Approach to match segments, opinions welcome

Discussion in 'Perl Misc' started by Frank Maas, Aug 21, 2003.

  1. Frank Maas

    Frank Maas Guest

    Hi Perl Group,

    I am fussing about a problem and I would very much like some input of
    others. I'll explain the problem:

    given a list of numbers 1,2,3,15,13,19,5,6
    and a set of data triples (1,15,9),(15,13,2),(13,6,4),(20,23,99)

    I am looking for a fast algorithm that would convert the list into
    the sum of 9, 2 and 4. To explain some more: the triples in effect
    are the begin and endpoint in the list and the data that is valid
    for that subsegment. No triple contains overlap, but for the begin
    and end. There are more triples than subsegments and it is possible
    that a subsegment cannot be found. In that case something special
    must be done.

    I have tried two approaches:
    (1) use a series of regexp created out of the triple list (+/ 1000)
    and match this with the list:

    $list="1:2:3:15:13:19:5:6"; $d=0;
    for (@triples) {
    if ($list =~ s/(?:^|:)($_->[0]):(?:.+:)?($_->[1])(?::|$)/:$1:-:$2:/g)
    {
    $d+=$_->[2]
    }
    }
    $list=~s/:\d+:(-|$)//;
    print "success $d\n" unless $link

    (2) walk through the list (converted to an array) and find matches

    %triples=( '1:15'=>9, ...);
    @list=qw(1 2 3 15 13 19 5 6 X); $d=0;
    for $i (shift @list) {
    for $j (shift @list) {
    exit if $j eq 'X';
    $d+=$triples{"$i:$j"}, last if exists $triples{"$i:$j"};
    }
    }
    print "success $d\n";

    Both work (perhaps I have oversighted an error in the sample code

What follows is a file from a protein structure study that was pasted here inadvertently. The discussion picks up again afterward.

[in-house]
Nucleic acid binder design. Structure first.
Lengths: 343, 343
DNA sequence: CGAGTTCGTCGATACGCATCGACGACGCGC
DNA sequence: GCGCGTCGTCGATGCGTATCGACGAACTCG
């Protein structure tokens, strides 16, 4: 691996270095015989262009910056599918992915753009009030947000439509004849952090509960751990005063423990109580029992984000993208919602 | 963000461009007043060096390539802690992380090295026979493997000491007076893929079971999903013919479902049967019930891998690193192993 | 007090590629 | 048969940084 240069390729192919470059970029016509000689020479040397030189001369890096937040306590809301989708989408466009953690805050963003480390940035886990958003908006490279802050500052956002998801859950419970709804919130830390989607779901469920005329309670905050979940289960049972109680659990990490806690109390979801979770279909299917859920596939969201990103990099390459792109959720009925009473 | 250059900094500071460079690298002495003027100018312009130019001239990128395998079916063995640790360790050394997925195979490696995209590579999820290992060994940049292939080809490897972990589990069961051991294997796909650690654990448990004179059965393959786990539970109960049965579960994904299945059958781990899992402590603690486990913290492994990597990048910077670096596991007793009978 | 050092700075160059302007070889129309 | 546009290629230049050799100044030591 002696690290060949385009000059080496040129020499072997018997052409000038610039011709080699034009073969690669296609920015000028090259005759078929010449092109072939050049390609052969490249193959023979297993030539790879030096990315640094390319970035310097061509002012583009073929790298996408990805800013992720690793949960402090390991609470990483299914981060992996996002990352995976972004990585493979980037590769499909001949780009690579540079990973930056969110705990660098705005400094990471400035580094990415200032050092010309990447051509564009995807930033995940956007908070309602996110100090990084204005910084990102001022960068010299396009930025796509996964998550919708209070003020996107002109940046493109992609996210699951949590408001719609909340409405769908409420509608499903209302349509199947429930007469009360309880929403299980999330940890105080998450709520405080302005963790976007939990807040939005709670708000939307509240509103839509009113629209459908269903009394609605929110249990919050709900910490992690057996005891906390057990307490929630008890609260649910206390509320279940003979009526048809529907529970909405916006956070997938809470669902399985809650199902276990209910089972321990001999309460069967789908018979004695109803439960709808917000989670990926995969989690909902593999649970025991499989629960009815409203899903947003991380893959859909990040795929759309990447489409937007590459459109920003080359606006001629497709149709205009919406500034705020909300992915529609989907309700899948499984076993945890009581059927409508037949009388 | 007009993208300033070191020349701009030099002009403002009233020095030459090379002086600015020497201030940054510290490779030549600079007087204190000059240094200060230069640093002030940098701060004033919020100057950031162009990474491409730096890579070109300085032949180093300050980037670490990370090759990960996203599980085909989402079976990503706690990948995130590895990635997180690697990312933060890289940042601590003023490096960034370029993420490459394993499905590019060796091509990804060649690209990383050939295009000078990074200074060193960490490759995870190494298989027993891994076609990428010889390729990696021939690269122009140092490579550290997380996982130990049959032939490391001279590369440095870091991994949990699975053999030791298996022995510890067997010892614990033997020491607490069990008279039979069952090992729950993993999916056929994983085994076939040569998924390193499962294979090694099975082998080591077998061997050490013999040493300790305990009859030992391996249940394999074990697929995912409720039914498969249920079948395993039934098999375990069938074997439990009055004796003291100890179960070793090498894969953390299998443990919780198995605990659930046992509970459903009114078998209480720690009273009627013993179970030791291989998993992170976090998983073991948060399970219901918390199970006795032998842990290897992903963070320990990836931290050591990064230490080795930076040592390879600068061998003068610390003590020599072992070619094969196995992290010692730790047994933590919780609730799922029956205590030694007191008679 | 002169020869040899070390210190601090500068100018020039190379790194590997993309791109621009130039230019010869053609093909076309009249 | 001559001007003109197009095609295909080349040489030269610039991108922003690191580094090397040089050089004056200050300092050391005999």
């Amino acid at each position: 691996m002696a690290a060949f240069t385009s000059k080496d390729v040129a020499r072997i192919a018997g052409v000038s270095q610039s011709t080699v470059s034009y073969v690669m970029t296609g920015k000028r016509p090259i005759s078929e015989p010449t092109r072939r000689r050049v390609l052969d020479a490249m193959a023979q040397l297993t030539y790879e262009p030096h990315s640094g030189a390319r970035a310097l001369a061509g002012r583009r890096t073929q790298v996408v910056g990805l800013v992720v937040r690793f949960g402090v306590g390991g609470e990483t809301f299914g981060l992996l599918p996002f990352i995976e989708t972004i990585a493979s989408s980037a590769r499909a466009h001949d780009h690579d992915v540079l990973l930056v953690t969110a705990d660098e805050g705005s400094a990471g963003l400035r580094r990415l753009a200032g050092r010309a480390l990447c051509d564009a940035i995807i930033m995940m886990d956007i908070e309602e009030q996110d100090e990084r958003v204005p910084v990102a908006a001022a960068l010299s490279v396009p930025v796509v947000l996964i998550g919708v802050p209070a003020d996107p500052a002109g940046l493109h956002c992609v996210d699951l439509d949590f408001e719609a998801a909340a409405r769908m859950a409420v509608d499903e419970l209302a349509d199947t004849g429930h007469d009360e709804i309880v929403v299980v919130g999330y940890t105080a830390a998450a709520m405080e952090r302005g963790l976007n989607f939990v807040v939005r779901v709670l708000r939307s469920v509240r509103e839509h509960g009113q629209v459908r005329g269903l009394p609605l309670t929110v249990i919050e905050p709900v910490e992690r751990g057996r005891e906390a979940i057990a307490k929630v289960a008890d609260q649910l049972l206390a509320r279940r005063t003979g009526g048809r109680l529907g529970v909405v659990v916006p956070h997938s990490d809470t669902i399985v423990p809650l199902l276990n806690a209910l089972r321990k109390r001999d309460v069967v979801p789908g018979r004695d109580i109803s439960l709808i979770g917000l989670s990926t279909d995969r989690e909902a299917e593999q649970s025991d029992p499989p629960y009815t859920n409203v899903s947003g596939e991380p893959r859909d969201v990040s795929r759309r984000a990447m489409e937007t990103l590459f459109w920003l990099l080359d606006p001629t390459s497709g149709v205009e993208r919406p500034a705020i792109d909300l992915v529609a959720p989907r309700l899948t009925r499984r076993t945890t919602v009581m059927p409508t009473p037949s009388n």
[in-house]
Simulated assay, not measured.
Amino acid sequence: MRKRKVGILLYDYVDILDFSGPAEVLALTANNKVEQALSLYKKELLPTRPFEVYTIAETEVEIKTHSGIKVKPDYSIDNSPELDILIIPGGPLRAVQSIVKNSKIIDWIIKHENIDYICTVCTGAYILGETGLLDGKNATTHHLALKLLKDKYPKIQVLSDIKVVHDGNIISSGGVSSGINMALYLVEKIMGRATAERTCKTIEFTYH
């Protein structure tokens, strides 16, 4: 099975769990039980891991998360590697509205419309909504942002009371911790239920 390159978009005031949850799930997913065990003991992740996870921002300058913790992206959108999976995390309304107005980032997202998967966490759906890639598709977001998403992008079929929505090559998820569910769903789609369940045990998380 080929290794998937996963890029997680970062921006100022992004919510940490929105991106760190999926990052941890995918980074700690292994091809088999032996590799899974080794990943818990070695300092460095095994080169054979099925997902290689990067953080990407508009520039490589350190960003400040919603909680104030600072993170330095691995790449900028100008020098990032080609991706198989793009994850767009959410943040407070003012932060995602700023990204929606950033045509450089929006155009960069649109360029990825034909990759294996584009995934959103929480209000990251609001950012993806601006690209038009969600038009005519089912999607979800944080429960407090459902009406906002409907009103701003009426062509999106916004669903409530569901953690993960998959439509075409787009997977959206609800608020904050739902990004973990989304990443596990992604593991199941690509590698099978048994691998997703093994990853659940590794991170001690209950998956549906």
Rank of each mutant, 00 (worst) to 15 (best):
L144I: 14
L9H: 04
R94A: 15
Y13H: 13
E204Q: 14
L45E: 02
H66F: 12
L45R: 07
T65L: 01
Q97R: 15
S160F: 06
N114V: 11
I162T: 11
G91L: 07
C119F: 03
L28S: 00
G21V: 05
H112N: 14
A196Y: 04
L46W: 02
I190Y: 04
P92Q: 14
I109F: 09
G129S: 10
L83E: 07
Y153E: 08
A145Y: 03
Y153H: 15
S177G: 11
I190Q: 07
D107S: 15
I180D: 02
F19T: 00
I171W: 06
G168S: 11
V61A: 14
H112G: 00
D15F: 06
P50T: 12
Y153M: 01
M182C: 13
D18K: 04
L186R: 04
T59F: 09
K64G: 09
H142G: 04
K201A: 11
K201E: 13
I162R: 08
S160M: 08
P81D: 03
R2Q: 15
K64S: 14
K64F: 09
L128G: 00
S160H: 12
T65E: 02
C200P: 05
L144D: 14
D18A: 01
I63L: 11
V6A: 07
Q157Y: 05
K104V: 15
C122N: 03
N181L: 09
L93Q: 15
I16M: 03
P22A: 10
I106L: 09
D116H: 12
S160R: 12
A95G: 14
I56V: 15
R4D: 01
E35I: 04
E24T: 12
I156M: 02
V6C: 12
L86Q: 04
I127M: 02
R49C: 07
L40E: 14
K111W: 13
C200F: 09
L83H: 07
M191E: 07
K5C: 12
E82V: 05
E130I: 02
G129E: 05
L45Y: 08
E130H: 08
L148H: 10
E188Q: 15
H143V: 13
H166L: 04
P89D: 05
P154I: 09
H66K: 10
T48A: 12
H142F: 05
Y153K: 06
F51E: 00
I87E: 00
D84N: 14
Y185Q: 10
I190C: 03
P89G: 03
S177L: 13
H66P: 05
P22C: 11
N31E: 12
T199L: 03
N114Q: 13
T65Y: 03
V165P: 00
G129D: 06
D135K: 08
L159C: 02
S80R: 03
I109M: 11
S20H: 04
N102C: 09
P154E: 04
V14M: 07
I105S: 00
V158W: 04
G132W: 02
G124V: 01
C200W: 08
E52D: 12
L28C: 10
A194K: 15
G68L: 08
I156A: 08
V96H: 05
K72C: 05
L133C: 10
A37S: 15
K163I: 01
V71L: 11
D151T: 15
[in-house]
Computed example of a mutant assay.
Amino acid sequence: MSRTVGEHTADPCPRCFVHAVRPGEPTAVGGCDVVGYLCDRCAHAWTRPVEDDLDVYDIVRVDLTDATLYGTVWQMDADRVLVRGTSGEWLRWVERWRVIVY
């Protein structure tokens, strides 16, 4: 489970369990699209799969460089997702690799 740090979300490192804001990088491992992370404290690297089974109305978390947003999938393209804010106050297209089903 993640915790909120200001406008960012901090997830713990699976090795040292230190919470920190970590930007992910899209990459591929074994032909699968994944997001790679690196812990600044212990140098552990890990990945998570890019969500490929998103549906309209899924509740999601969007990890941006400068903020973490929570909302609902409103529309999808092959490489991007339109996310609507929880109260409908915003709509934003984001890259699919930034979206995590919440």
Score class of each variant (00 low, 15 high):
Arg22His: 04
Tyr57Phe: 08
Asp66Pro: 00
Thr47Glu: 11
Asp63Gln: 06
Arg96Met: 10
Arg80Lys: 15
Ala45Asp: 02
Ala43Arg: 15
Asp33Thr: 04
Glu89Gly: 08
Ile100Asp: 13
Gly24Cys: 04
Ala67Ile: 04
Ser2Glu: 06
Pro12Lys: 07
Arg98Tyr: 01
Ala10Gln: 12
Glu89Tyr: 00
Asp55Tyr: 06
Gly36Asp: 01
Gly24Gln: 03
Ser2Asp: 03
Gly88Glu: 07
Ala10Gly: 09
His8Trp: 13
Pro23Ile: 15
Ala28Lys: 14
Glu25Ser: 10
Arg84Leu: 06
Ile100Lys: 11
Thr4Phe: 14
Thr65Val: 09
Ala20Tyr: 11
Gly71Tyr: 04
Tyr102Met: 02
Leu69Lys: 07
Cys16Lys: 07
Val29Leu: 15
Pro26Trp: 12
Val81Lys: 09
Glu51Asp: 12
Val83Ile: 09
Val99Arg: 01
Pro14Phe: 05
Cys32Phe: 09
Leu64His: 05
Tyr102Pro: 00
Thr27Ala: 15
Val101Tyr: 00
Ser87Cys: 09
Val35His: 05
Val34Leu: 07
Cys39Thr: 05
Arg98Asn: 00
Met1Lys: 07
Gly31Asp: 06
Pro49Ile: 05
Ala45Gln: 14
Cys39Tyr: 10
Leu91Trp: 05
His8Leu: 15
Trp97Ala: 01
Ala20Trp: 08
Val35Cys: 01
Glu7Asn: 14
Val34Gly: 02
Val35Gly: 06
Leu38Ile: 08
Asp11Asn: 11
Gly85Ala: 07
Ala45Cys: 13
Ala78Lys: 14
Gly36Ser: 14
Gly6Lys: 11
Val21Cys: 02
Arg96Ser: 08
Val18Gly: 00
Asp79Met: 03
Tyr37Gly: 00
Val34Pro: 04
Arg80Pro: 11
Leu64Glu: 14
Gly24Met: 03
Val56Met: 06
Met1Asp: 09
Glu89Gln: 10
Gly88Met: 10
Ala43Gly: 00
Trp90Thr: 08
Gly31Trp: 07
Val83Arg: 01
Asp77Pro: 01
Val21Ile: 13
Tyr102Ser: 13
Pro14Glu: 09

above), but a tad bit slow. Since this is must once be part of a
    heavy webserver any time optimisation is very helpful. Any ideas?

    --Frank
     
    Frank Maas, Aug 21, 2003
    #1
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  2. Frank Maas

    Steven Kuo Guest

    On Thu, 21 Aug 2003, Steven Kuo wrote:

    (snippped)

    > I think the second approach is better. You've not mentioned what
    > should be done if the first number in the list has no stopping
    > delimiter. Do you stop? Or do you attempt to find a valid starting
    > point? Assuming the former, here's what I'd do:
    >
    > #!/usr/local/bin/perl
    >
    > use strict;
    > use warnings;
    > my @triples = ( [1,15,9],[15,13,2],[13,6,4],[20,23,99]);
    > my %find;
    >
    > for (@triples) {
    > $find{$_->[0]} = {
    > stop => $_->[1],
    > add => $_->[2],
    > };
    > }
    >
    > my @list = qw(1 2 3 15 13 19 5 6);
    > my $save = my $start = shift @list;
    > my $stop;
    >
    > unless ($start and exists $find{$start}->{stop}) {

    ^^^^^^^

    I suppose this should be

    unless (defined ($start) and exists $find{$start}->{stop}) {


    --
    Cheers,
    Steven
     
    Steven Kuo, Aug 21, 2003
    #2
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  3. Frank Maas

    Frank Maas Guest

    Hi Steven,

    > You're using certain numbers to delimit a list of numbers?


    I am not exactly sure what you mean by this. If your question
    was to what I am doing exactly: this is about calculating travel
    times in a network of nodes. Where the string is the node list and
    the triples are travel times between two nodes.

    > I think the second approach is better.


    Yes... When I wrote this I had an error in the code that I found later.
    The 2nd approach is way (way!) faster.

    > You've not mentioned what
    > should be done if the first number in the list has no stopping
    > delimiter. Do you stop? Or do you attempt to find a valid starting
    > point? Assuming the former, here's what I'd do:


    > # Loop once and exit as soon as possible -- should be faster than
    > # what you had previously written.


    I can use this, but not exactly your solution. What I did not write
    is that it is possible to have two triples with the same "start".
    Your solution does not accommodate this. But the one time loop (w/o
    shifting) seems promising.

    Thanks!

    Frank
     
    Frank Maas, Aug 21, 2003
    #3
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